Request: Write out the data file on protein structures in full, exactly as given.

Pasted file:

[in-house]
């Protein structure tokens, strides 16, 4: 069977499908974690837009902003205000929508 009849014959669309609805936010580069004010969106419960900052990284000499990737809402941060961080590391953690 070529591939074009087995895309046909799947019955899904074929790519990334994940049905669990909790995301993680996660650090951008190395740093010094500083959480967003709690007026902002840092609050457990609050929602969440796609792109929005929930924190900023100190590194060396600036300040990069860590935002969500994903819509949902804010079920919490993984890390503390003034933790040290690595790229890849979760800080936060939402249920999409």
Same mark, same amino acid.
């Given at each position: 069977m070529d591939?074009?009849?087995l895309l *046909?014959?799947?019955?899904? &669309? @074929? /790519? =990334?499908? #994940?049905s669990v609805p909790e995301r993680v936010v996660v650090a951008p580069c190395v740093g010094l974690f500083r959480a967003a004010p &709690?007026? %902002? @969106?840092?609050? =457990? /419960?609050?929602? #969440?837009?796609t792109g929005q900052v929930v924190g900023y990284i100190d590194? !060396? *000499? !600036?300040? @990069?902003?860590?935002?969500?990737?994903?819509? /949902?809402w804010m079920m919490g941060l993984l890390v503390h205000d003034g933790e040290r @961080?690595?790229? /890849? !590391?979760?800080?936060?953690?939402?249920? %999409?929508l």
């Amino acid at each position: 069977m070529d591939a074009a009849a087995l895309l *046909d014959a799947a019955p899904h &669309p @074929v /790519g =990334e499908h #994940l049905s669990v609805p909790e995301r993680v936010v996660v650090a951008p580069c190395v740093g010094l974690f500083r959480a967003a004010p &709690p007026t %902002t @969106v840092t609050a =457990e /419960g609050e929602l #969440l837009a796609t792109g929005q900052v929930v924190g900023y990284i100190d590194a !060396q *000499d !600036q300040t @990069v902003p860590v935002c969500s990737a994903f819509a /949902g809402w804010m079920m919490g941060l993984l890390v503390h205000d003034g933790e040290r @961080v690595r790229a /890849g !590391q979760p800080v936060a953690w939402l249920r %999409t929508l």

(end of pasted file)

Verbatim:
[in-house]
């Protein structure tokens, strides 16, 4: 069977499908974690837009902003205000929508 009849014959669309609805936010580069004010969106419960900052990284000499990737809402941060961080590391953690 070529591939074009087995895309046909799947019955899904074929790519990334994940049905669990909790995301993680996660650090951008190395740093010094500083959480967003709690007026902002840092609050457990609050929602969440796609792109929005929930924190900023100190590194060396600036300040990069860590935002969500994903819509949902804010079920919490993984890390503390003034933790040290690595790229890849979760800080936060939402249920999409």
Same mark, same amino acid.
């Given at each position: 069977m070529d591939?074009?009849?087995l895309l *046909?014959?799947?019955?899904? &669309? @074929? /790519? =990334?499908? #994940?049905s669990v609805p909790e995301r993680v936010v996660v650090a951008p580069c190395v740093g010094l974690f500083r959480a967003a004010p &709690?007026? %902002? @969106?840092?609050? =457990? /419960?609050?929602? #969440?837009?796609t792109g929005q900052v929930v924190g900023y990284i100190d590194? !060396? *000499? !600036?300040? @990069?902003?860590?935002?969500?990737?994903?819509? /949902?809402w804010m079920m919490g941060l993984l890390v503390h205000d003034g933790e040290r @961080?690595?790229? /890849? !590391?979760?800080?936060?953690?939402?249920? %999409?929508l």
């Amino acid at each position: 069977m070529d591939a074009a009849a087995l895309l *046909d014959a799947a019955p899904h &669309p @074929v /790519g =990334e499908h #994940l049905s669990v609805p909790e995301r993680v936010v996660v650090a951008p580069c190395v740093g010094l974690f500083r959480a967003a004010p &709690p007026t %902002t @969106v840092t609050a =457990e /419960g609050e929602l #969440l837009a796609t792109g929005q900052v929930v924190g900023y990284i100190d590194a !060396q *000499d !600036q300040t @990069v902003p860590v935002c969500s990737a994903f819509a /949902g809402w804010m079920m919490g941060l993984l890390v503390h205000d003034g933790e040290r @961080v690595r790229a /890849g !590391q979760p800080v936060a953690w939402l249920r %999409t929508l």